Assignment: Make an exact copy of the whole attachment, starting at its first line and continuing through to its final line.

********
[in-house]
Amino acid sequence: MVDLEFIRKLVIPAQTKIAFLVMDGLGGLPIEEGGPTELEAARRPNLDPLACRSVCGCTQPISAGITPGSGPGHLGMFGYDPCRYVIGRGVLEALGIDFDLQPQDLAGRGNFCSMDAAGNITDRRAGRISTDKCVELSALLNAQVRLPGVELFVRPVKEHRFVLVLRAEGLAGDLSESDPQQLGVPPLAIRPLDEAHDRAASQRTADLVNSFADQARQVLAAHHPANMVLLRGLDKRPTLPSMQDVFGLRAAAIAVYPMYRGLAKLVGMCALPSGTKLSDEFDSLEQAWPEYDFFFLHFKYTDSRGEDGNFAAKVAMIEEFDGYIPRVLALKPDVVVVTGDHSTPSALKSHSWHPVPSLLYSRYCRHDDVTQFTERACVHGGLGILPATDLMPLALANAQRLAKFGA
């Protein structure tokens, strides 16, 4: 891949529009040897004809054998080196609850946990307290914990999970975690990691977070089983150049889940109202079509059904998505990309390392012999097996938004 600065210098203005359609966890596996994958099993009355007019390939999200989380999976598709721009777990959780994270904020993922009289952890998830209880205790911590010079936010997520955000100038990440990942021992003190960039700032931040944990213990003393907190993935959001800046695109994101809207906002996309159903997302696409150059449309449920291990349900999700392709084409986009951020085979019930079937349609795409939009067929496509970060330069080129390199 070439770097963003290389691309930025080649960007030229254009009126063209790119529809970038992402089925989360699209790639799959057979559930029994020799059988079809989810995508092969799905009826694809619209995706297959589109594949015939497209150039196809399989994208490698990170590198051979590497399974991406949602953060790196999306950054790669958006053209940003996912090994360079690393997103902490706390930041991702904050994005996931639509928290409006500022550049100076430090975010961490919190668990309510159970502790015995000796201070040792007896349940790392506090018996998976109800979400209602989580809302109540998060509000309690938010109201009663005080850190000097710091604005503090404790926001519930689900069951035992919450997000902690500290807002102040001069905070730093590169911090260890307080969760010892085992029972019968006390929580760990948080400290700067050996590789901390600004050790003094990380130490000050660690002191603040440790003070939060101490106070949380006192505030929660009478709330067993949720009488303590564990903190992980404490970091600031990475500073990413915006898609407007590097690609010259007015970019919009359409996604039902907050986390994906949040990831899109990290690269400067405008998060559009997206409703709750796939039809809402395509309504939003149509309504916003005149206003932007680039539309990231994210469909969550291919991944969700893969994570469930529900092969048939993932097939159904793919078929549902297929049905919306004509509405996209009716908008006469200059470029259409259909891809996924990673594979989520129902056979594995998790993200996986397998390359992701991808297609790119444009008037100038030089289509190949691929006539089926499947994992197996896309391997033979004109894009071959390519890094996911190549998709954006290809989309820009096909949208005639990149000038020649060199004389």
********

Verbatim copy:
[in-house]
Amino acid sequence: MVDLEFIRKLVIPAQTKIAFLVMDGLGGLPIEEGGPTELEAARRPNLDPLACRSVCGCTQPISAGITPGSGPGHLGMFGYDPCRYVIGRGVLEALGIDFDLQPQDLAGRGNFCSMDAAGNITDRRAGRISTDKCVELSALLNAQVRLPGVELFVRPVKEHRFVLVLRAEGLAGDLSESDPQQLGVPPLAIRPLDEAHDRAASQRTADLVNSFADQARQVLAAHHPANMVLLRGLDKRPTLPSMQDVFGLRAAAIAVYPMYRGLAKLVGMCALPSGTKLSDEFDSLEQAWPEYDFFFLHFKYTDSRGEDGNFAAKVAMIEEFDGYIPRVLALKPDVVVVTGDHSTPSALKSHSWHPVPSLLYSRYCRHDDVTQFTERACVHGGLGILPATDLMPLALANAQRLAKFGA
């Protein structure tokens, strides 16, 4: 891949529009040897004809054998080196609850946990307290914990999970975690990691977070089983150049889940109202079509059904998505990309390392012999097996938004 600065210098203005359609966890596996994958099993009355007019390939999200989380999976598709721009777990959780994270904020993922009289952890998830209880205790911590010079936010997520955000100038990440990942021992003190960039700032931040944990213990003393907190993935959001800046695109994101809207906002996309159903997302696409150059449309449920291990349900999700392709084409986009951020085979019930079937349609795409939009067929496509970060330069080129390199 070439770097963003290389691309930025080649960007030229254009009126063209790119529809970038992402089925989360699209790639799959057979559930029994020799059988079809989810995508092969799905009826694809619209995706297959589109594949015939497209150039196809399989994208490698990170590198051979590497399974991406949602953060790196999306950054790669958006053209940003996912090994360079690393997103902490706390930041991702904050994005996931639509928290409006500022550049100076430090975010961490919190668990309510159970502790015995000796201070040792007896349940790392506090018996998976109800979400209602989580809302109540998060509000309690938010109201009663005080850190000097710091604005503090404790926001519930689900069951035992919450997000902690500290807002102040001069905070730093590169911090260890307080969760010892085992029972019968006390929580760990948080400290700067050996590789901390600004050790003094990380130490000050660690002191603040440790003070939060101490106070949380006192505030929660009478709330067993949720009488303590564990903190992980404490970091600031990475500073990413915006898609407007590097690609010259007015970019919009359409996604039902907050986390994906949040990831899109990290690269400067405008998060559009997206409703709750796939039809809402395509309504939003149509309504916003005149206003932007680039539309990231994210469909969550291919991944969700893969994570469930529900092969048939993932097939159904793919078929549902297929049905919306004509509405996209009716908008006469200059470029259409259909891809996924990673594979989520129902056979594995998790993200996986397998390359992701991808297609790119444009008037100038030089289509190949691929006539089926499947994992197996896309391997033979004109894009071959390519890094996911190549998709954006290809989309820009096909949208005639990149000038020649060199004389």